Southeast Asia Studies at Yale Contact Southeast Asia Studies SEAS Home Page Yale Home Page Hat, Indonesia 19th Century - Yale University Art Gallery

SEA-RELATED COURSES 2013-2014

Although Yale does not offer a degree in Southeast Asia Studies, for those students interested in this area of specialization, the courses below are fully, substantially, or partially Southeast Asian in Content.
Course numbers: 001-499 undergrad *; 500-800 graduate; a/b - spring/fall
 *Summer Abroad in Singapore is a Yale Summer Session course open to both graduate and undergraduate students.


ANTHROPOLOGY

Erik Harms, Department of Anthropology-SEAS Faculty - on leave 2014-1015
See Course Archives for Professor Harms' previous years offerings in Anthropology

ANTH 409a Climate and Society: Past to Present
(also F&ES 422a / EVST 422a)
Michael R. Dove
(Some/partial Southeast Asian content)
This is an upper-division undergraduate seminar on the history of the anthropological study of the climate and climate change. The core text for the course is The Anthropology of Climate Change: An Historical Reader (Dove ed. 2014, Wiley-Blackwell) written especially for this course. Two-hour lecture/seminar.

ANTH 541a, Agrarian Societies: Culture, Society, History, and Development (See also F&ES 753a /HIST 965a / PLSC 779a
Kalyanakrishnan Sivaramakrishnan, et al
(Some/partial Southeast Asian content)
An interdisciplinary examination of agrarian societies, contemporary and historical, Western and non-Western. Major analytical perspectives from anthropology, economics, history, political science, and environmental studies are used to develop a meaning-centered and historically-grounded account of the transformation of rural societies. Four-hour lecture-plus-discussion. (open to undergraduates with special permission)

ANTH 581a, Society and Environment: Introduction to Theory and Method See also F&ES 520a
Michael R. Dove
(Substantial Southeast Asian content)
This is an introductory course on the scope of social scientific contributions to environmental and natural resource issues. There will be two guest lectures and one combined lecture by the teaching fellows, all of whom are exciting young scholars. No prerequisites. This is a 'Foundation' course in F&ES, a 'Core' course in the joint F&ES/Anthropology doctoral degree program, and a prerequisite for F&ES 869b/ANTH572b. Three-hour lecture/seminar.

951a or b Directed Research in Ethnology & Social Anthropology
952a or b Directed Research in Linguistics



ENVIRONMENTAL STUDIES

EVST 422a, Climate and Society: Past to Present (See ANTH 409a for description)
Michael R. Dove
(Some/partial Southeast Asian content)



FORESTRY AND ENVIRONMENTAL STUDIES

FES 422a Climate and Society: Past to Present
(also ANTH 409a / EVST 345) Michael R. Dove
See ANTH 409a for course description (Some/partial Southeast Asian content)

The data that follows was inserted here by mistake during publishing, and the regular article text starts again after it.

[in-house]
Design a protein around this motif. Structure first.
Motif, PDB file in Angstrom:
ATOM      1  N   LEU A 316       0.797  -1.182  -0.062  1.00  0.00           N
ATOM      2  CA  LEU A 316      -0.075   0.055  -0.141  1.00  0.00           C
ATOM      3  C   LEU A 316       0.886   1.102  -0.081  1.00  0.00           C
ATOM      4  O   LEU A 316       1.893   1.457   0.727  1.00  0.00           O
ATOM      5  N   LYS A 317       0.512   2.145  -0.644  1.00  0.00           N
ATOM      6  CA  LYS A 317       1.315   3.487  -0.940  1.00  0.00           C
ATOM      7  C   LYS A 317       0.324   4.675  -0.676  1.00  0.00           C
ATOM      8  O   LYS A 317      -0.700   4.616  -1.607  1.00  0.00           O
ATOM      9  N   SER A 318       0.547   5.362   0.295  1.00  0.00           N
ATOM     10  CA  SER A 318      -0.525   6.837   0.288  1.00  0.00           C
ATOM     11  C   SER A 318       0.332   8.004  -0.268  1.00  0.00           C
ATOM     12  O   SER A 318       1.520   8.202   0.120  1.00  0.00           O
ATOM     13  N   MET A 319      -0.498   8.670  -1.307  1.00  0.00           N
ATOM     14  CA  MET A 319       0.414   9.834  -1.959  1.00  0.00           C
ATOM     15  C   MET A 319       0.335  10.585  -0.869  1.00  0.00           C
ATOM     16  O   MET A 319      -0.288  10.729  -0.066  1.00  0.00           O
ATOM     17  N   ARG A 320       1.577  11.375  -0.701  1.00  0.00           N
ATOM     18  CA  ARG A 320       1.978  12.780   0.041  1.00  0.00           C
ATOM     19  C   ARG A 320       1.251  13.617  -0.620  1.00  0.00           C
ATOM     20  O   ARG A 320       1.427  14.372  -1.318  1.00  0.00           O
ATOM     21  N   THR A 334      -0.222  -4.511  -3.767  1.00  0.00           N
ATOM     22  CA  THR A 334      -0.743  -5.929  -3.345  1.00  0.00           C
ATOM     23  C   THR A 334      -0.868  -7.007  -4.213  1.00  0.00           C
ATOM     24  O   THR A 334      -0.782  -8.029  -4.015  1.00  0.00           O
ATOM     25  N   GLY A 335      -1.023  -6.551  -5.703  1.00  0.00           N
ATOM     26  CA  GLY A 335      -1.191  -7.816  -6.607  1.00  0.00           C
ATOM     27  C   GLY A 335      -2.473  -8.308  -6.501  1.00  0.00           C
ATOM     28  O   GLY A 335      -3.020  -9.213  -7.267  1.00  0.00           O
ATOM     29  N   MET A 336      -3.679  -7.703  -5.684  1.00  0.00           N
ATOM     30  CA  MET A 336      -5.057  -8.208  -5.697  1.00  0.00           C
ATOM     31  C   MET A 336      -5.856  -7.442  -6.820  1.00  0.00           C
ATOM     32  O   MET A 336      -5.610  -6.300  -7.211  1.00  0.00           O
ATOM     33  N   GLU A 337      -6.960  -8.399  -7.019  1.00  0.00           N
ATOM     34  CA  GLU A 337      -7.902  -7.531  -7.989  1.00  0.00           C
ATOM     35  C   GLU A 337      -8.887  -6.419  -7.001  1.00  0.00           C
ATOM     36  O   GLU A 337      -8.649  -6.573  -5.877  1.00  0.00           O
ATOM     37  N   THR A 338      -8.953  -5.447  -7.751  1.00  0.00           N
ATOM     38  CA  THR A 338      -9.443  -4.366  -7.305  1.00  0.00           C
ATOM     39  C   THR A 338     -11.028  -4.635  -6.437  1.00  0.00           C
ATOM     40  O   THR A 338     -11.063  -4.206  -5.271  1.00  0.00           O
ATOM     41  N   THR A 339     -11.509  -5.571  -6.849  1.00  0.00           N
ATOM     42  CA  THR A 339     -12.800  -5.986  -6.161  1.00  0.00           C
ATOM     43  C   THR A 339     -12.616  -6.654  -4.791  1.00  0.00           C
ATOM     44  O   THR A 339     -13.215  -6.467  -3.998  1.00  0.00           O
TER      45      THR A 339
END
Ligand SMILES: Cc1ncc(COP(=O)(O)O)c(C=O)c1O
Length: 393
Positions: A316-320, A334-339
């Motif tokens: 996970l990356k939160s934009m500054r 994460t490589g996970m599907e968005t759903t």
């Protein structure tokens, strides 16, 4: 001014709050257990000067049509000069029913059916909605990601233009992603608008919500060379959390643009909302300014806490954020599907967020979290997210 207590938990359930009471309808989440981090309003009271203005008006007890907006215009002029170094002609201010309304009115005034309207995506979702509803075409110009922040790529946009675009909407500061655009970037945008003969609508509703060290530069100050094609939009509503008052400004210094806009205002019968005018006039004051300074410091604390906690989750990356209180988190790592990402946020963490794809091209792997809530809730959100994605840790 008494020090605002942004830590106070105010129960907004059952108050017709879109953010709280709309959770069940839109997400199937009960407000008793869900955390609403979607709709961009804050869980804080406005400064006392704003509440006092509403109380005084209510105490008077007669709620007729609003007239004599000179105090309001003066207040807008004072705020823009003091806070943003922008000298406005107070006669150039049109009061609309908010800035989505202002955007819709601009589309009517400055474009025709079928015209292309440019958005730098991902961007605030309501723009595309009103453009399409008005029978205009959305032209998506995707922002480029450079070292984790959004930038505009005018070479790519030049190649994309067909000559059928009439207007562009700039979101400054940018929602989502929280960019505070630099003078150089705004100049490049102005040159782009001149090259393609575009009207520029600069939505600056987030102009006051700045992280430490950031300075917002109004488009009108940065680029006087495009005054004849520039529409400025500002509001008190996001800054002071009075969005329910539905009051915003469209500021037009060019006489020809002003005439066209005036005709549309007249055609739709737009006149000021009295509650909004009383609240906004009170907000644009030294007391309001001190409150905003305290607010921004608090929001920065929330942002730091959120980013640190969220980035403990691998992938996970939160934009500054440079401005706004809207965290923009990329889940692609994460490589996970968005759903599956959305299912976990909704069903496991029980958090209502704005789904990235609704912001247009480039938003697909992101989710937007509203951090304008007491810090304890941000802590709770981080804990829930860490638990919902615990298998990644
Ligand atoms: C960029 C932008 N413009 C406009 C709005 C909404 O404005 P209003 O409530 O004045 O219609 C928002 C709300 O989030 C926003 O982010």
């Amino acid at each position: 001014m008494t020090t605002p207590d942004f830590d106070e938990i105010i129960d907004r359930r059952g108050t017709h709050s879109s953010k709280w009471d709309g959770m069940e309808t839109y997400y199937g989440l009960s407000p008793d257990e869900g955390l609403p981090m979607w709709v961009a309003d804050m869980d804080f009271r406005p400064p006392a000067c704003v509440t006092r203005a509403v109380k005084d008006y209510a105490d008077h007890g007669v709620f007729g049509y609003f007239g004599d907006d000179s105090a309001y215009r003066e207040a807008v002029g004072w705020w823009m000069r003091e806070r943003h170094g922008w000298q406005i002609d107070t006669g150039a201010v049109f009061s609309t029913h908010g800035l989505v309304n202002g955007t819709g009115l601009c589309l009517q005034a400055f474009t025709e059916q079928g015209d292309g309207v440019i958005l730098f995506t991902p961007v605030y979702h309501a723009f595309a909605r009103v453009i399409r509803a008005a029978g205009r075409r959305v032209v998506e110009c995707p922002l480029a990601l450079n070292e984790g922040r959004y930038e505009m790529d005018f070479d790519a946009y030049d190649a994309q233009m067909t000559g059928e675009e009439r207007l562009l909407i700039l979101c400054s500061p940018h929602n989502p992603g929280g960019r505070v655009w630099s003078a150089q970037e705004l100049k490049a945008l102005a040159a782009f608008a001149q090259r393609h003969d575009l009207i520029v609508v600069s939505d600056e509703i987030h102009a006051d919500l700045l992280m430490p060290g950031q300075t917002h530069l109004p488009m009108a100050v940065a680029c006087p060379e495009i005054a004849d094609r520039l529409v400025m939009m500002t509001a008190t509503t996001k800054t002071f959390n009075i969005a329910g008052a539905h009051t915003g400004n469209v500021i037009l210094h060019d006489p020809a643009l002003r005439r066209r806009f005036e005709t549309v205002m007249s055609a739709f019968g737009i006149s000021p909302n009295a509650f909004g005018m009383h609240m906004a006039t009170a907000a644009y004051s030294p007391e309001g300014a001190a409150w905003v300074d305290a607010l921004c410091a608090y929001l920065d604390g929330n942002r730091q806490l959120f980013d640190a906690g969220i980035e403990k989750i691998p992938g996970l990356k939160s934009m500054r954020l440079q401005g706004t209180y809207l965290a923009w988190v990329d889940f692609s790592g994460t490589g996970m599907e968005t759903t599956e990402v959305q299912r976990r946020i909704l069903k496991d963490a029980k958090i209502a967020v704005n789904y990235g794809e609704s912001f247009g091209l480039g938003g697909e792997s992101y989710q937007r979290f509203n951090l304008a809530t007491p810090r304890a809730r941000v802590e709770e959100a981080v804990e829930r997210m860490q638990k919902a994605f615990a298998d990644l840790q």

F&ES 753a, Agrarian Societies: Culture, Society, History, and Development
Kalyanakrishnan Sivaramakrishnan, et al
(Some/partial Southeast Asian content)
See ANTH 541a for course description

F&ES 520a, Society and Environment: Introduction to Theory and Method
See ANTH 581a for course description
Michael R. Dove
(Some/partial Southeast Asian content)


HISTORY

HIST 323b, Southeast Asia since 1900 Ben Kiernan
Comparative colonialism, nationalism, revolution, and independence in modern
Southeast Asia. Topics include Indonesia and the Dutch, Indochina under French rule,
the United States in the Philippines and Vietnam, Buddhism in Burma and Thailand,
communist and peasant movements, and the Cambodian revolution and its regional
repercussions. HU

HIST 965a Agrarian Societies: Culture, Society, History, and Development
Kalyanakrishnan Sivaramakrishnan, et al
(Some/partial Southeast Asian content)
See ANTH 541a for course description

HIST 851b, Twentieth-Century Vietnam: Colonialism, War, and Society (graduate seminar)
Ben Kiernan
French colonial rule, cultural change, Japanese occupation, and the origins, course, and aftermath of the Vietnamese-American conflict. War and society from the formation of a modern national identity to the rise of communism, the resurgence of Buddhism, independence and division, the U.S. intervention, escalation and defeat, the postwar Cambodian conflict and the 1979 Chinese invasion, regional integration, and economic reform. Readings, discussion, and research.

HIST 980a, Genocide in History and Theory (graduate seminar)
Ben Kiernan
(Partial Southeast Asian content - Cambodia and East Timor)


HISTORY OF ART

Mimi Yiengpruksawan, Department of Art History -SEAS Faculty - on leave Fall 2014.
See Course Archives for Professor Yiengpruksawan's previous year offerings in Art History

* 2015-2016 - NEW COURSE PLANNED ON Southeast Asian Temple Complexes (HSAR # tba)
Mimi Yiengpruksawan


INDONESIAN
(Click on -> Indonesian Language Studies at Yale)

INDN 110/510a and 120/530b, Elementary Indonesian I and II. Indriyo Sukmono
An introductory course in standard Indonesian with emphasis on developing communicative skills through systematic survey of grammar and graded exercises. Introduction to reading in the second term, leading to mastery of language patterns, essential vocabulary, and basic cultural competence. 1.5 Course cr

INDN 130/530a and 140/540b, Intermediate Indonesian I and II. Dinny Risri Aletheiani
Continued practice in colloquial Indonesian conversation and reading and discussion of texts. (After INDN 120 or equivalent) 1.5 Course cr

INDN 150/550a, Advanced Indonesian. Indriyo Sukmono, Dinny Risri Aletheiani
Development of speaking, listening, writing, and grammar skills to an advanced level. A semi-directed study in which the focus of the course depends on the research interests of the students.
Prerequisite: INDN 140 or equivalent.

INDN 160/560b, Advanced Indonesian II. Indriyo Sukmono, Dinny Risri Aletheiani
Continued development of advanced level fluency. Prerequeisite: INDN 153/553 or equivalent and permission of the instructor.

INDN 470a/471b, Independent Tutorial. Indriyo Sukmono
For students with advanced Indonesian language skills who wish to engage in concentrated reading and research on material not otherwise offered in courses. The work must be supervised by an adviser and must terminate in a term paper or its equivalent. (Pre-requisites: completion of Advanced Indonesian, Permission of instructor/submission of project proposal)

INDN 560 a/b, Readings in Indonesian. Indriyo Sukmono
For students with advanced Indonesian language skills preparing for academic performance and/or research purposes. (Prerequeisite: INDN 560 or equivalent; permission of the instructor)

KHMER

KHMR 110/510a and 120/530b, Elementary Khmer I and II. Hannah Phan, Cornell University